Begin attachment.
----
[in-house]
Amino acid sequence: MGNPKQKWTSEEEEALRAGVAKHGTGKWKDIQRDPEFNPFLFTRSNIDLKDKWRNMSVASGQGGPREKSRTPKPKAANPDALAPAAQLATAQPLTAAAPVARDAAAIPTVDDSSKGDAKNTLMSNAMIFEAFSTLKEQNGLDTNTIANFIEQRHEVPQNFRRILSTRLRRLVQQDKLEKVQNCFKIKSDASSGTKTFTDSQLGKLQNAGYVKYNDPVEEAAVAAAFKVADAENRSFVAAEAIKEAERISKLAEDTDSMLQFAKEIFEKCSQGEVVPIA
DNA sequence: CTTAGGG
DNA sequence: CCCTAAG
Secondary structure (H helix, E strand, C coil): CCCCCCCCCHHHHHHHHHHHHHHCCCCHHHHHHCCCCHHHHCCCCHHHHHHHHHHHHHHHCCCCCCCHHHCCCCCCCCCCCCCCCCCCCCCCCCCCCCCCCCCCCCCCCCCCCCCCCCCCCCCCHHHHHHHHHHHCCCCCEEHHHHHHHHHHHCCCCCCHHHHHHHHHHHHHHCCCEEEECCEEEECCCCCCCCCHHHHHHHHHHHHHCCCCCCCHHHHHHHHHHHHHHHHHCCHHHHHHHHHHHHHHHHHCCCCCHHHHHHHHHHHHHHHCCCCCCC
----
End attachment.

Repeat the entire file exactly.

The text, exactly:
[in-house]
Amino acid sequence: MGNPKQKWTSEEEEALRAGVAKHGTGKWKDIQRDPEFNPFLFTRSNIDLKDKWRNMSVASGQGGPREKSRTPKPKAANPDALAPAAQLATAQPLTAAAPVARDAAAIPTVDDSSKGDAKNTLMSNAMIFEAFSTLKEQNGLDTNTIANFIEQRHEVPQNFRRILSTRLRRLVQQDKLEKVQNCFKIKSDASSGTKTFTDSQLGKLQNAGYVKYNDPVEEAAVAAAFKVADAENRSFVAAEAIKEAERISKLAEDTDSMLQFAKEIFEKCSQGEVVPIA
DNA sequence: CTTAGGG
DNA sequence: CCCTAAG
Secondary structure (H helix, E strand, C coil): CCCCCCCCCHHHHHHHHHHHHHHCCCCHHHHHHCCCCHHHHCCCCHHHHHHHHHHHHHHHCCCCCCCHHHCCCCCCCCCCCCCCCCCCCCCCCCCCCCCCCCCCCCCCCCCCCCCCCCCCCCCCHHHHHHHHHHHCCCCCEEHHHHHHHHHHHCCCCCCHHHHHHHHHHHHHHCCCEEEECCEEEECCCCCCCCCHHHHHHHHHHHHHCCCCCCCHHHHHHHHHHHHHHHHHCCHHHHHHHHHHHHHHHHHCCCCCHHHHHHHHHHHHHHHCCCCCCC